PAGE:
Severe hypoglycemia is tied to cardiac arrhythmia and mortality in diabetes patients. Research conducted in Tokyo, Japan looked at patients with diabetes and severe hypoglycemia (low blood sugar) and found that hypertension, QT prolongation and hypokalemia were fairly common, which may help explain why hypoglycemia may contribute to irregular heart rates and mortality.
Senior author Dr. Mitsuhiko Noda said, “Our finding[s] uncovered that severe hypoglycemia could indeed lead to lethal arrhythmias, cardiovascular events, and subsequent death.”
When type 2 diabetic patients were compared with type 1 diabetic patients, type 1 diabetics were more likely to have severe hypertension, but both groups were equally as likely to have QT prolongation and hypokalemia.
The researchers conducted the study, “because cardiovascular disease, possibly caused by severe hypoglycemia, may be the cause of excessive mortality observed among diabetic patients in the intervention arm of the recent large-scale trial [Action to Control Cardiovascular Risk in Diabetes] ACCORD,” explained Dr. Noda. He added, “We tried to search [for] the link between hypoglycemia and cardiovascular disease. We also tried to detect the difference in pathophysiologic effects of hypoglycemia between type 1 and type 2 diabetic patients.”
The researchers conducted their research on 414 cases of diabetes and severe hypoglycemia in patients who visited emergency rooms between 2006 and 2012. Patients with type 2 diabetes generally were older, and type 1 diabetics were more likely to have a history of cardiovascular disease. Patients’ vital signs and ECG tests were reviewed by the researchers.
A fair amount of type 2 diabetes patients had hypothermia, which can contribute to arrhythmia, and few of them were diagnosed with a new cardiovascular disease. None of the type 1 diabetes patients were diagnosed with a new cardiovascular disease.
The researchers explained some of the differences seen between the two types of diabetes along with hypoglycemia, noting, “Type 1 diabetic patients typically have fewer comorbidities (such as hypertension and dyslipidemia) and have a weaker counter-regulatory response to hypoglycemia . . . [as a result of] frequent episodes of hypoglycemia.”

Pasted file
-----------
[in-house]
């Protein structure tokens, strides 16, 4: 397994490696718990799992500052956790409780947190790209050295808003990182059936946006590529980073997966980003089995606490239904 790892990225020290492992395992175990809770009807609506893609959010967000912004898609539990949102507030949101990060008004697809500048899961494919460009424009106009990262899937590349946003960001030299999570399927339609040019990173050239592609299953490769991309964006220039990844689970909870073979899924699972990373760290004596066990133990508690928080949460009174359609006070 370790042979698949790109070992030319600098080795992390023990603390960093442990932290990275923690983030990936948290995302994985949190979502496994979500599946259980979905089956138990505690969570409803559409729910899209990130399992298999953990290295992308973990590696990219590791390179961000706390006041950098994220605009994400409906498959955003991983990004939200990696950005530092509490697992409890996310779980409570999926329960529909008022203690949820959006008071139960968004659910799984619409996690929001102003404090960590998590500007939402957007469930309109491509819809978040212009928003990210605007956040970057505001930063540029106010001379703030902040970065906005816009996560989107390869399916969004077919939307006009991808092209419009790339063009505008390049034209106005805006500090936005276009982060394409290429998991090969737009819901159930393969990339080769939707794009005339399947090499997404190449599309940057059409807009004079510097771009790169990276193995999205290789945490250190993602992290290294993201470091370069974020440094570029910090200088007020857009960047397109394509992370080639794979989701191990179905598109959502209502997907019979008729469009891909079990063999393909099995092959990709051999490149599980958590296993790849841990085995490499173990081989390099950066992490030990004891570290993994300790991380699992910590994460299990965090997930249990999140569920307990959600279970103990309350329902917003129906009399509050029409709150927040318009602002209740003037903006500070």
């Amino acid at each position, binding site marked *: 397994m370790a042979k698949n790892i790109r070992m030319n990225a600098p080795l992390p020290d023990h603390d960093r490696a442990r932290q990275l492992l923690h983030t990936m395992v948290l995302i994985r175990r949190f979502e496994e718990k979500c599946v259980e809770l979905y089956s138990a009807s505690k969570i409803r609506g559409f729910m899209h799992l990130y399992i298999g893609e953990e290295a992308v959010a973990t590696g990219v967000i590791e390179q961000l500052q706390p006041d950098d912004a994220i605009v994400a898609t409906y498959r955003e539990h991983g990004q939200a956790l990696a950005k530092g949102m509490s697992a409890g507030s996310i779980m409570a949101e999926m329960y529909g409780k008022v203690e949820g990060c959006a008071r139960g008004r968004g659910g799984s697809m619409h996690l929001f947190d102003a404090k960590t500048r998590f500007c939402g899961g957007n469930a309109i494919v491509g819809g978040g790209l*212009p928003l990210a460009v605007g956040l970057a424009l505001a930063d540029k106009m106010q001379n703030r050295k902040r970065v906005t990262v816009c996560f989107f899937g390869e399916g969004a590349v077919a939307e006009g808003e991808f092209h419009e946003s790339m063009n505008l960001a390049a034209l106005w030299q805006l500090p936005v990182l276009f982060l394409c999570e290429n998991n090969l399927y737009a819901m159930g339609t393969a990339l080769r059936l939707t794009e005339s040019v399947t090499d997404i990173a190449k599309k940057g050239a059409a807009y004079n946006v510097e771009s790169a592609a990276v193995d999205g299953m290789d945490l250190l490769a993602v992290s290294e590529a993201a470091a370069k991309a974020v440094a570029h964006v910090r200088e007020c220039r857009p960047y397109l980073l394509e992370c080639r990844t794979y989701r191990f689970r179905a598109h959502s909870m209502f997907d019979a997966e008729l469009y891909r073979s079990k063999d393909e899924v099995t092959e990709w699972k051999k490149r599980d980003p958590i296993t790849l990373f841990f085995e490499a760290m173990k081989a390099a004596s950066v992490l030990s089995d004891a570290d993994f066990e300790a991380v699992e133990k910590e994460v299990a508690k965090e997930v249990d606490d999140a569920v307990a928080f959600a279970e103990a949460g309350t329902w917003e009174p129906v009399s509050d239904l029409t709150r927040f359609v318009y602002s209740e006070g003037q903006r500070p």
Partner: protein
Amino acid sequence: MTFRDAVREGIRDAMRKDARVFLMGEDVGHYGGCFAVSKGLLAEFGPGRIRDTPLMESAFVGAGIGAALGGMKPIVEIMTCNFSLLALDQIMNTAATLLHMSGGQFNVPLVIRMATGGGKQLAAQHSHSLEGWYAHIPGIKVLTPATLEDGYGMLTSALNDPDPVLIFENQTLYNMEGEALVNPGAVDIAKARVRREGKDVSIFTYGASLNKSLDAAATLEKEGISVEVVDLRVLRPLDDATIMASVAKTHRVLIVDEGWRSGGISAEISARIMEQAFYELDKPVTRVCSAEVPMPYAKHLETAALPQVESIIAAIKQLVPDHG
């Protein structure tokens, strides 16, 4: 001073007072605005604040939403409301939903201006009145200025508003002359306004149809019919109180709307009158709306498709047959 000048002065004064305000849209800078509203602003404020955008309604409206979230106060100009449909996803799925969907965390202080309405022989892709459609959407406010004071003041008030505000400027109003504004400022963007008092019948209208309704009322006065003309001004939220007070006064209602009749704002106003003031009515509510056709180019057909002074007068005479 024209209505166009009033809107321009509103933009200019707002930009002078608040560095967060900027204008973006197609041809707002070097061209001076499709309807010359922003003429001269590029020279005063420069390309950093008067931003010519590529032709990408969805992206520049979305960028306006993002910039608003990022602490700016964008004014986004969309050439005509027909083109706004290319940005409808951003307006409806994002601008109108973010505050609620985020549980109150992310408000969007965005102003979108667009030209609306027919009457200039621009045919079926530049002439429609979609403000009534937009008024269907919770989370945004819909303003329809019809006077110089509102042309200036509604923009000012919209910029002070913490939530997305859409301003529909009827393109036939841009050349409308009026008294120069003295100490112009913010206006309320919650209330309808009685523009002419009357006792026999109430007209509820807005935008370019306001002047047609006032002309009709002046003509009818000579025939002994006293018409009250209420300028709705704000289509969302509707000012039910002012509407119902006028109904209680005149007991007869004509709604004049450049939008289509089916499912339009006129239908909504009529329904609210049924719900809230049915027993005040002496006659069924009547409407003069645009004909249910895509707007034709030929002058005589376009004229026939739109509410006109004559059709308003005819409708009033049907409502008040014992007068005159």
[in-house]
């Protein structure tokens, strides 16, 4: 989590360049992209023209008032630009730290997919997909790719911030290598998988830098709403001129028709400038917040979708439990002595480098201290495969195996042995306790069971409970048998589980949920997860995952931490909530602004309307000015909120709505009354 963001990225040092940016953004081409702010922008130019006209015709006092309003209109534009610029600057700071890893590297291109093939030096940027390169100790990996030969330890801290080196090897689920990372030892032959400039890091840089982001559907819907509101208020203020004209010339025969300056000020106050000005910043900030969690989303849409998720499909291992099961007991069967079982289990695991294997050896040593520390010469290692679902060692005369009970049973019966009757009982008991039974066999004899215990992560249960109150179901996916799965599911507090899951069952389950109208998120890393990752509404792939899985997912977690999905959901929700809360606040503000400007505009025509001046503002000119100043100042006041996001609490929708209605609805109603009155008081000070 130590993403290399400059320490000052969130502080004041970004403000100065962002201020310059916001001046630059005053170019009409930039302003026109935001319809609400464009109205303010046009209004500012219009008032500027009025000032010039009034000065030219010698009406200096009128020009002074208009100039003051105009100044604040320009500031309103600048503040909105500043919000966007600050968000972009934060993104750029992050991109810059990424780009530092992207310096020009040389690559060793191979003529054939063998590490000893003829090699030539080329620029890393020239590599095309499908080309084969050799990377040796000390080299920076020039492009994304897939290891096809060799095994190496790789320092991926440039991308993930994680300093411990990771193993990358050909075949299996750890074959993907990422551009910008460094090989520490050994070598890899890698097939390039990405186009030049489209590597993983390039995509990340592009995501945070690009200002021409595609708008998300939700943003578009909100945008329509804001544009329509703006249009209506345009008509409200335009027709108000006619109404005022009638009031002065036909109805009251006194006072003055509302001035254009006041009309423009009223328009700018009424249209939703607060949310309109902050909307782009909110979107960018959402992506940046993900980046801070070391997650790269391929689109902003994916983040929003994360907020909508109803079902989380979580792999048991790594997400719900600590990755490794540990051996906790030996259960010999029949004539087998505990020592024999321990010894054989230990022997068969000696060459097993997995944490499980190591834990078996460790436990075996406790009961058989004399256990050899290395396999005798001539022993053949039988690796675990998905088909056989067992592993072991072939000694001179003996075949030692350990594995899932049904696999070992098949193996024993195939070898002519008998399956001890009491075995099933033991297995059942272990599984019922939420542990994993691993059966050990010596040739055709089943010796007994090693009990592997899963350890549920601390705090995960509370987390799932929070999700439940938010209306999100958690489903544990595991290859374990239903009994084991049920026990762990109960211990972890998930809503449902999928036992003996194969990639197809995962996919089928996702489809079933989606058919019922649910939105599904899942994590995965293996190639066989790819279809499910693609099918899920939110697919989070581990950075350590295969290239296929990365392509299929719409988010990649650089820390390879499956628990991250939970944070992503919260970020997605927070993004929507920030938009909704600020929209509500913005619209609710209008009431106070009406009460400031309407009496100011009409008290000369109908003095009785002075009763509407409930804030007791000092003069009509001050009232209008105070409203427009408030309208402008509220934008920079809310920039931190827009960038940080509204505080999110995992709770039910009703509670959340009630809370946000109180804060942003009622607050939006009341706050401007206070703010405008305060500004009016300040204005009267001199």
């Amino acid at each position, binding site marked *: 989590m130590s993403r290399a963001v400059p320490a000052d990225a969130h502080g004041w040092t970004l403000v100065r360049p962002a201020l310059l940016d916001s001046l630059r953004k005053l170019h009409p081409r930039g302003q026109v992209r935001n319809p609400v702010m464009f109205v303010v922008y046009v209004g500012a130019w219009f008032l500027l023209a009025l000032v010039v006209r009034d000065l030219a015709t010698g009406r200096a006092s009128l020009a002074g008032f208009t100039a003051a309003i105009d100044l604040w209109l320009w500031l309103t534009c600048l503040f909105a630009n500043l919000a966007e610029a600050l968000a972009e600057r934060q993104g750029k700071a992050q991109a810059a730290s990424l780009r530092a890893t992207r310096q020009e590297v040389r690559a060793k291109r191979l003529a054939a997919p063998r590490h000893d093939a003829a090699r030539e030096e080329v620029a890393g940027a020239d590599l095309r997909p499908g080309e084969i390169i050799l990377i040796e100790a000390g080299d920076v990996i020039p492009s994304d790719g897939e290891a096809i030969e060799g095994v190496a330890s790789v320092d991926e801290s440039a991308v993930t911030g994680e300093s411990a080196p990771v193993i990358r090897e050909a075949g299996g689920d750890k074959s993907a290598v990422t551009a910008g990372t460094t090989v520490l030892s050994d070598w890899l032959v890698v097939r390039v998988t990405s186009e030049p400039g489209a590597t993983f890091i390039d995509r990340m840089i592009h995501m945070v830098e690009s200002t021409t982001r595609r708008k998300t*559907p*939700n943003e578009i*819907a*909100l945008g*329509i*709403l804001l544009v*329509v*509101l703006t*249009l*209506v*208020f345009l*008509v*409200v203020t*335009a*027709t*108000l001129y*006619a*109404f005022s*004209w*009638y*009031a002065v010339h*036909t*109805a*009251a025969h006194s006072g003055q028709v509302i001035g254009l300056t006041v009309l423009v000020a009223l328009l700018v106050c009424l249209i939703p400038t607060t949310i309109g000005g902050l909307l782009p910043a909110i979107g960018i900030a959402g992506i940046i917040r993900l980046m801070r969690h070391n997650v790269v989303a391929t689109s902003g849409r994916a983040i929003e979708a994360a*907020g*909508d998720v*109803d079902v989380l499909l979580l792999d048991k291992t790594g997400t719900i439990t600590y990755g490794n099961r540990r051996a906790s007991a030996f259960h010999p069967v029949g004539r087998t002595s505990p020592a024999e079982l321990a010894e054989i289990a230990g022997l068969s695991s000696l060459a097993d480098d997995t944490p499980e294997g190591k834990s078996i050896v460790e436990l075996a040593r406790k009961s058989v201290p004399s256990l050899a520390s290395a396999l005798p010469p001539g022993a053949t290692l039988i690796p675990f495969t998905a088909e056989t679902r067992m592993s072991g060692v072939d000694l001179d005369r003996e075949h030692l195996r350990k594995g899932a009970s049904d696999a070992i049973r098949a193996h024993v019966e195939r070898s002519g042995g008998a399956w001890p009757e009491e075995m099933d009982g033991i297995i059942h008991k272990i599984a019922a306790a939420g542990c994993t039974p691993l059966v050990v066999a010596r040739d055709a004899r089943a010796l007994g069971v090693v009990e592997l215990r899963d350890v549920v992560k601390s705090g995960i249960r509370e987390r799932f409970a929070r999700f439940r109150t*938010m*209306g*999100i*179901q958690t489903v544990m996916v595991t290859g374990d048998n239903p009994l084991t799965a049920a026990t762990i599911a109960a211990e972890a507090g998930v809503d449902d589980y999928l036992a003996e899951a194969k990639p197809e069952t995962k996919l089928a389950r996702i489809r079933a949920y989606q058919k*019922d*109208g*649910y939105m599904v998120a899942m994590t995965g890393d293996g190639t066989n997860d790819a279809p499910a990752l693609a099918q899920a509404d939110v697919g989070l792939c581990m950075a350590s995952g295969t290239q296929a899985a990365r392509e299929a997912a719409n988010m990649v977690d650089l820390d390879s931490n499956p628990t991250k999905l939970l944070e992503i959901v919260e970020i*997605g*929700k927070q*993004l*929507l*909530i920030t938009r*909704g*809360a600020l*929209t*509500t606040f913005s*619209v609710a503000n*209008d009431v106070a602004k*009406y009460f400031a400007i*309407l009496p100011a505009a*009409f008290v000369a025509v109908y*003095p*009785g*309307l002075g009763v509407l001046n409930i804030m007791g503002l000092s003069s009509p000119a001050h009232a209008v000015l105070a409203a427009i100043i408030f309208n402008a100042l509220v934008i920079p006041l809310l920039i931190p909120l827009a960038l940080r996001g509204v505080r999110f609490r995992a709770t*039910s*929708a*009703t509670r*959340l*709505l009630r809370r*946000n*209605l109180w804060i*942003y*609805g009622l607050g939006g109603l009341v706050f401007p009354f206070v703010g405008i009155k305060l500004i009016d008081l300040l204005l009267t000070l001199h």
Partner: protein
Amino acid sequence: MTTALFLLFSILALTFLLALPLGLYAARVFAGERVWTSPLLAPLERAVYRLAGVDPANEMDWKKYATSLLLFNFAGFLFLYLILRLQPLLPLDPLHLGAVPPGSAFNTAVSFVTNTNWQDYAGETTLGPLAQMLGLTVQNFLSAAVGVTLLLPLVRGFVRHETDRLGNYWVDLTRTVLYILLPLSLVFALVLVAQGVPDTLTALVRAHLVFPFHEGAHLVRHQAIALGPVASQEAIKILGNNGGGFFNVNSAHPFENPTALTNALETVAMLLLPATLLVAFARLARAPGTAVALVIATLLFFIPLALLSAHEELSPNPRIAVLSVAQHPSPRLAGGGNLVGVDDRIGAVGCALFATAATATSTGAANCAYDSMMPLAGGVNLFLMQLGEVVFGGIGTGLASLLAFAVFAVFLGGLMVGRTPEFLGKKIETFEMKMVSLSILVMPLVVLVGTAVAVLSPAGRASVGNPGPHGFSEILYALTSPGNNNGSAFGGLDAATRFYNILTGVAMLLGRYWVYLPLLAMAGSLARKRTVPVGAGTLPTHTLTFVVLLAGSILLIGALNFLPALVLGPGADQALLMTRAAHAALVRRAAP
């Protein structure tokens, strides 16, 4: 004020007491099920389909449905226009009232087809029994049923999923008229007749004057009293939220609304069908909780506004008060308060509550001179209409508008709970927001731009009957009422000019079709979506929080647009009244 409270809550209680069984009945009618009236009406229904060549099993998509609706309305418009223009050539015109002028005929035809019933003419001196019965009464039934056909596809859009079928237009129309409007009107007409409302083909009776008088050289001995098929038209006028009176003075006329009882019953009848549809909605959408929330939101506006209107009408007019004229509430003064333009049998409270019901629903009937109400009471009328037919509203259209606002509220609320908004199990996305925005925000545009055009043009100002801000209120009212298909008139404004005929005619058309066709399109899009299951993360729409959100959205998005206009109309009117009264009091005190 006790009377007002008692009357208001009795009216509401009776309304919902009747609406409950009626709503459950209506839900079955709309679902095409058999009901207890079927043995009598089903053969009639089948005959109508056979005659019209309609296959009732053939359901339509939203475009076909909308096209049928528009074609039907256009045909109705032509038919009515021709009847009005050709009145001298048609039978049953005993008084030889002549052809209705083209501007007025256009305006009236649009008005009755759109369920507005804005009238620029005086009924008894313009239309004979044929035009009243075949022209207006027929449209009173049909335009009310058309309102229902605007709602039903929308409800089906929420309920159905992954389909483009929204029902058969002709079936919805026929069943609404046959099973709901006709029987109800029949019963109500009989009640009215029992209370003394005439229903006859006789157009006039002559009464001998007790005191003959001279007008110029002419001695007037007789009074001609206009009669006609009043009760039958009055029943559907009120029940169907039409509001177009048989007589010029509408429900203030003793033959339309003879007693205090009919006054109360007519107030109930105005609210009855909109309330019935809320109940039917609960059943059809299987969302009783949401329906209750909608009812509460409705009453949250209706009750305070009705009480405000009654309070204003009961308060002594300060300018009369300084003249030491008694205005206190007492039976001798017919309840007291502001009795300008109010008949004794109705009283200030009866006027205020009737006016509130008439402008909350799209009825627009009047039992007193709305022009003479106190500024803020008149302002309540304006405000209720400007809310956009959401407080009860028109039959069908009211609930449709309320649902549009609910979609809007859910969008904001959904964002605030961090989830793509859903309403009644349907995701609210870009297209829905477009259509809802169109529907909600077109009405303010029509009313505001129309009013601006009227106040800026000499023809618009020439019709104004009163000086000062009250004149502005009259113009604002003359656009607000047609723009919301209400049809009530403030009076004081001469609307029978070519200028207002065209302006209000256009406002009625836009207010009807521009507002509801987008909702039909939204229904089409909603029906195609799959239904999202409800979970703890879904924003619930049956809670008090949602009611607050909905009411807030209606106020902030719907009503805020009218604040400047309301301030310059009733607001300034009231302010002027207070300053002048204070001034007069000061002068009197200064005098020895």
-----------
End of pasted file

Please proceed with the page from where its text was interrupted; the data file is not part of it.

Previous research has also found a link between hypoglycemia and cardiac arrhythmia in type 2 diabetes patients. Senior author Dr. Simon Heller said, “We found that hypoglycemia was fairly common, and that nocturnal episodes in particular were generally marked by a pattern whereby glucose levels dropped to low levels for some hours during which patients slept.”
Heller added, “These periods of hypoglycemia were associated with a high risk of marked slow heart rates [bradycardia] accompanied by [abnormal] beats. We have therefore identified a mechanism which might contribute to increased mortality in individuals with type 2 diabetes and high cardiovascular risk during intensive insulin therapy.”
In diabetes, low blood sugar is commonly found, even though diabetes is known to raise blood sugar to dangerous levels. Low blood sugar can result from the very same medication that is intended to help prevent high blood sugar. In order to combat low blood sugar, the body requires insulin.
“Your body needs fuel to survive and run properly. During hypoglycemia, the body is low on energy. When hypoglycemia is more severe, the brain [which runs on sugar] can get confused and stop functioning. If the blood sugar gets low enough, hypoglycemia can be fatal,” added Dr. Simon Fisher, associate professor and coauthor of an accompanying editorial to the study.
In the small-scale study, 25 patients with type 2 diabetes were included, with an average age of 64. They were all treated with insulin for at least four years.
The participants wore a glucose monitor for five days, along with a 12-lead Holter monitor for the heart.
When blood sugar was low at night, it increased the risk of low heart rate up to eight times in comparison to when it was normal. Slow heart rate wasn’t seen during the day as it was seen at night. In fact, majority of heart problems were seen at night as opposed to during the day.
Fisher concluded, “This study noted that spontaneous insulin-induced episodes of hypoglycemia were associated with asymptomatic mild heart arrhythmias. We have performed similar studies in animals and noted similar arrhythmias during insulin-induced hypoglycemia. Nocturnal hypoglycemia is a major problem. People are less likely to wake up and treat their hypoglycemia at night. They’re less likely to appreciate the normal warning symptoms of hypoglycemia because the entire sympathetic response is relatively blunted at night.”
Other research has shown that hypoglycemia risk in critical illness can increase the risk of cardiovascular problems, which in turn can increase the risk of mortality. In research exploring hospitalization of patients with various serious illnesses, hypoglycemia was found to worsen outcomes, when compared to patients with hypoglycemia. For example, one study of diabetics found that patients with hypoglycemia were more likely to experience acute coronary syndrome, compared to those who did not have hypoglycemia.
All the combined research reveals that hypoglycemia can complicate illness and contribute to worsened health outcomes. The moment you begin to experience symptoms of hypoglycemia you should seek medical attention immediately. Furthermore, if you’re diabetic, ensure you are checking your blood sugar often and that it does not dip to low.
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